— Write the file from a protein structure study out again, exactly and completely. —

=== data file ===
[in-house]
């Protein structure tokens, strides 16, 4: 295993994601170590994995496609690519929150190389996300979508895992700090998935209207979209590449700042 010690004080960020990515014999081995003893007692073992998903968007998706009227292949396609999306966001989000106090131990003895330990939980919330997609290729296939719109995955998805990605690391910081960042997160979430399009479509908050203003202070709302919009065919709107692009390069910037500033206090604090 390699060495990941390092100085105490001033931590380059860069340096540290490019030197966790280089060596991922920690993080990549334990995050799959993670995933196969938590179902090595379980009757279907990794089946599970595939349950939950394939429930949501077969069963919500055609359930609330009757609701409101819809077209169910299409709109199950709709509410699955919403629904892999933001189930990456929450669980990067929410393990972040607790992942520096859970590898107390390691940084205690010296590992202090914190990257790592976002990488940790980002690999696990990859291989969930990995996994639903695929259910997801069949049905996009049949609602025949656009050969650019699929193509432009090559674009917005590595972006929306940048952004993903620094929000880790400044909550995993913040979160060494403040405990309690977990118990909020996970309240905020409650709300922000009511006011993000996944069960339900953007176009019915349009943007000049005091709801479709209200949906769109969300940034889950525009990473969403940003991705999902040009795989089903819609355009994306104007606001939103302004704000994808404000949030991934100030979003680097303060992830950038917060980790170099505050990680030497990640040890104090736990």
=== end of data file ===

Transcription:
[in-house]
């Protein structure tokens, strides 16, 4: 295993994601170590994995496609690519929150190389996300979508895992700090998935209207979209590449700042 010690004080960020990515014999081995003893007692073992998903968007998706009227292949396609999306966001989000106090131990003895330990939980919330997609290729296939719109995955998805990605690391910081960042997160979430399009479509908050203003202070709302919009065919709107692009390069910037500033206090604090 390699060495990941390092100085105490001033931590380059860069340096540290490019030197966790280089060596991922920690993080990549334990995050799959993670995933196969938590179902090595379980009757279907990794089946599970595939349950939950394939429930949501077969069963919500055609359930609330009757609701409101819809077209169910299409709109199950709709509410699955919403629904892999933001189930990456929450669980990067929410393990972040607790992942520096859970590898107390390691940084205690010296590992202090914190990257790592976002990488940790980002690999696990990859291989969930990995996994639903695929259910997801069949049905996009049949609602025949656009050969650019699929193509432009090559674009917005590595972006929306940048952004993903620094929000880790400044909550995993913040979160060494403040405990309690977990118990909020996970309240905020409650709300922000009511006011993000996944069960339900953007176009019915349009943007000049005091709801479709209200949906769109969300940034889950525009990473969403940003991705999902040009795989089903819609355009994306104007606001939103302004704000994808404000949030991934100030979003680097303060992830950038917060980790170099505050990680030497990640040890104090736990």